Street Fighter II transformed arcades into martial arts temples. It not only demanded but rewarded involved study and application. The person standing next to you was a serious opponent whose nerve could be shattered, and people started talking about mixing things up, wake-up games, and all manner of jargon that would soon be disseminated among the myriad 2D fighting games that swiftly followed.
Street Fighter II was absolutely the first videogame to achieve this noble status, attracting a community that recognized its most outstanding contributors. For the first time we had a situation where the players were the talking point over the game itself.
Street Fighter II was also one of the handful of coin-operated machines that would take the only spot in the local burger bar or cinema foyer, silently rumbling against the wall of a YHA, and among well-worn classics that toured with the funfairs. It became the arcade game of the early 1990s, and the reason to buy a Super NES (later Mega Drive) for millions of kids.
Keeping Capcom honest
It most certainly helped that Capcom faced serious competition in the months following Street Fighter II’s release. There are far too many challengers to mention, and most of them from SNK, a rival studio just around the corner in Osaka. SNK’s output was overwhelming, but during the eight years between Street Fighter II and the seminal Street Fighter III Third Strike, Capcom never wavered. The Street Fighter 30th Anniversary collection, which launches May 29, is a time-capsule that spans a near perfect decade which saw the release of Street Fighter, Street Fighter II, Street Fighter II Champion Edition, Street Fighter II Turbo (aka Hyper Fighting), Super Street Fighter II, Super Street Fighter II Turbo, Street Fighter Alpha 1, 2 and 3, and the Street Fighter III series that boasted visuals unrivalled for years.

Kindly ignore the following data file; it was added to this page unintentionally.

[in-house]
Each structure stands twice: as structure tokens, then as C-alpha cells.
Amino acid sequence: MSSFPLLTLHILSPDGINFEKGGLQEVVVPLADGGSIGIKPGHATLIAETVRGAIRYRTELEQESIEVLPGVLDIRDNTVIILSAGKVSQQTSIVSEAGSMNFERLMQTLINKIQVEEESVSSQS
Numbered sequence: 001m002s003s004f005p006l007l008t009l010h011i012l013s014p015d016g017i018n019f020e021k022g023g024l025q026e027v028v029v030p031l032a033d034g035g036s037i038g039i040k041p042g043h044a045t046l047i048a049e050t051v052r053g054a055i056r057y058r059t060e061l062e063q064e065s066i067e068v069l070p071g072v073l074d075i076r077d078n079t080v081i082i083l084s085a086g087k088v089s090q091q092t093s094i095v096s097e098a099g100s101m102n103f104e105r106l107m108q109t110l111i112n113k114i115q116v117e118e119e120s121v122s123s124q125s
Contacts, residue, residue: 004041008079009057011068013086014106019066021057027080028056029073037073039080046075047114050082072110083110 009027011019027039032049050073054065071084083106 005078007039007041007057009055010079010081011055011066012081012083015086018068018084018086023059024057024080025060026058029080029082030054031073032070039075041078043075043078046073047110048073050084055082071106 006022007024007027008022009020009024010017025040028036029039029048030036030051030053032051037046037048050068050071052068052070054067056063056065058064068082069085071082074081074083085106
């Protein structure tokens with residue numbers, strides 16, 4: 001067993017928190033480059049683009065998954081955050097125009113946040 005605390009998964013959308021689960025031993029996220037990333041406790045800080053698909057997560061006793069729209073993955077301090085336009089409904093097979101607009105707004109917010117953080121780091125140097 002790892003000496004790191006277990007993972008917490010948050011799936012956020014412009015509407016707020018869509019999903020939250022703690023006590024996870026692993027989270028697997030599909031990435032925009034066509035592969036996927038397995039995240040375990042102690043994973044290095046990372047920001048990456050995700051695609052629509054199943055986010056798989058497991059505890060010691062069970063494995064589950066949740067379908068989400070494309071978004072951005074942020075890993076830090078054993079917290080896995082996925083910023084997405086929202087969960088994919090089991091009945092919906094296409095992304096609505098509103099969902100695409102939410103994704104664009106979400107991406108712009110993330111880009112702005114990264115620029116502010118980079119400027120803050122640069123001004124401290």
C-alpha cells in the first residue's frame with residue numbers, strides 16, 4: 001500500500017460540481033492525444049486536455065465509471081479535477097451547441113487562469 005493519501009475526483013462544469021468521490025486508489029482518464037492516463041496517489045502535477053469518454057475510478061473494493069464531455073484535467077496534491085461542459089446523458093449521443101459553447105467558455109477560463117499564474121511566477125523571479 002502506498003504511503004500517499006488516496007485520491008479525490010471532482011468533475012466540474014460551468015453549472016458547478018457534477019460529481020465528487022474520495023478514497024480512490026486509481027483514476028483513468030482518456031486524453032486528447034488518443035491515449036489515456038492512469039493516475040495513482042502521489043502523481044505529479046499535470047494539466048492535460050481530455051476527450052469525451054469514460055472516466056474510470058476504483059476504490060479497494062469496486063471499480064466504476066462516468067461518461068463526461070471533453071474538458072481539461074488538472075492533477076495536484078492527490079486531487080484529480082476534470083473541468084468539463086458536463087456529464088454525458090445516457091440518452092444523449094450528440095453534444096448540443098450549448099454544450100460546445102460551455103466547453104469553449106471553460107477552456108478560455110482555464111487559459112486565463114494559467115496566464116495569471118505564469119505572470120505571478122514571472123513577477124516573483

The versions of Street Fighter II: Hyper Fighting, Super Street Fighter II Turbo, Street Fighter Alpha 3 and Street Fighter III: 3rd Strike have all weathered the years extraordinarily well, and even come with online modes and global leaderboards. Also included is a Museum Mode which appears to have been curated with a great deal of passion. More than just an asset dump of arcade flyers, the mode includes character bios complete with animation sequences for their trademark moves. There’s even a Music Player as a bonus.
Don’t call it a comeback
We think it’s fair to say that, to the world outside the tournaments dominated by the EVO Championship Series in the US and Super Battle Opera in Japan, the fighting game scene seemed almost impenetrable. Which is why Capcom’s revitalization of the franchise via Street Fighter IV in 2008 was such a big deal for 2D fighting across the board.
As much respect as we have titles such as King of Fighters, Mortal Kombat, Guilty Gear and BlazBlue; or marveled at the evolution of 3D franchises Virtua Fighter and Tekken; there’s a purity to Street Fighter (now under the guidance of the eminently likeable Yoshinoro Ono) that keeps it strong, as well as comprehensible to regular folk. It’s credit to Ono and the new guard that Street Fighter V still seems relevant today, as opposed to a relic of the past.
Street Fighter 30th Anniversary Collection is released May 29 on PlayStation 4, Xbox One, Nintendo Switch and Windows PC.